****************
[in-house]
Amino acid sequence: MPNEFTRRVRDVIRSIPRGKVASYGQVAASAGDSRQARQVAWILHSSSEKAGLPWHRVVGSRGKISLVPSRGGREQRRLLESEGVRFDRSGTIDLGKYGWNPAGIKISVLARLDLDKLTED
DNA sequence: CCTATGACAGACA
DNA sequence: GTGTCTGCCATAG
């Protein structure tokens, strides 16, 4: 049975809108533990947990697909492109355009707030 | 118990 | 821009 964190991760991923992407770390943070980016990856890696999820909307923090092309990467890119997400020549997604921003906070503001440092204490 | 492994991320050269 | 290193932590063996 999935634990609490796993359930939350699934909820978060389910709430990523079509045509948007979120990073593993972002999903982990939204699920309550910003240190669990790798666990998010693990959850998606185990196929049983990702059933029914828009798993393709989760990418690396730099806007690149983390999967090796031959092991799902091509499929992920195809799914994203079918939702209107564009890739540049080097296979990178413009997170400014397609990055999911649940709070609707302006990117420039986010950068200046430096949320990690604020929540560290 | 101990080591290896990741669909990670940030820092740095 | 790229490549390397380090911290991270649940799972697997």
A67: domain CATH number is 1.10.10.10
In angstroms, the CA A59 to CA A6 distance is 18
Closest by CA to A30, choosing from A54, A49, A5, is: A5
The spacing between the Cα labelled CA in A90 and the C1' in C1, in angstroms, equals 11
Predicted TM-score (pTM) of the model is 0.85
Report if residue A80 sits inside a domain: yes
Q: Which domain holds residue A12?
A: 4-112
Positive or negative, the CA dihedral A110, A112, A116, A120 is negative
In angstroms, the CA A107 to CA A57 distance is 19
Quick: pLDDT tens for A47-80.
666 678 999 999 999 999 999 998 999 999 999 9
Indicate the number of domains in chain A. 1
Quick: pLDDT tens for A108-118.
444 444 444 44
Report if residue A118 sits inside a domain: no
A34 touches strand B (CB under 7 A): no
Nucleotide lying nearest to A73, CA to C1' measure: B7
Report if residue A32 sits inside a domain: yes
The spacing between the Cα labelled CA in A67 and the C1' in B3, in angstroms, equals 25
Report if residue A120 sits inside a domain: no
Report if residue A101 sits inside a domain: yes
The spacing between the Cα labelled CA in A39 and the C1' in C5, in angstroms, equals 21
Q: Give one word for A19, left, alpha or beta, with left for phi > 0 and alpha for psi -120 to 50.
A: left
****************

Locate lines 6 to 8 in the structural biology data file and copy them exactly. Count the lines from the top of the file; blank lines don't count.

A67: domain CATH number is 1.10.10.10
In angstroms, the CA A59 to CA A6 distance is 18
Closest by CA to A30, choosing from A54, A49, A5, is: A5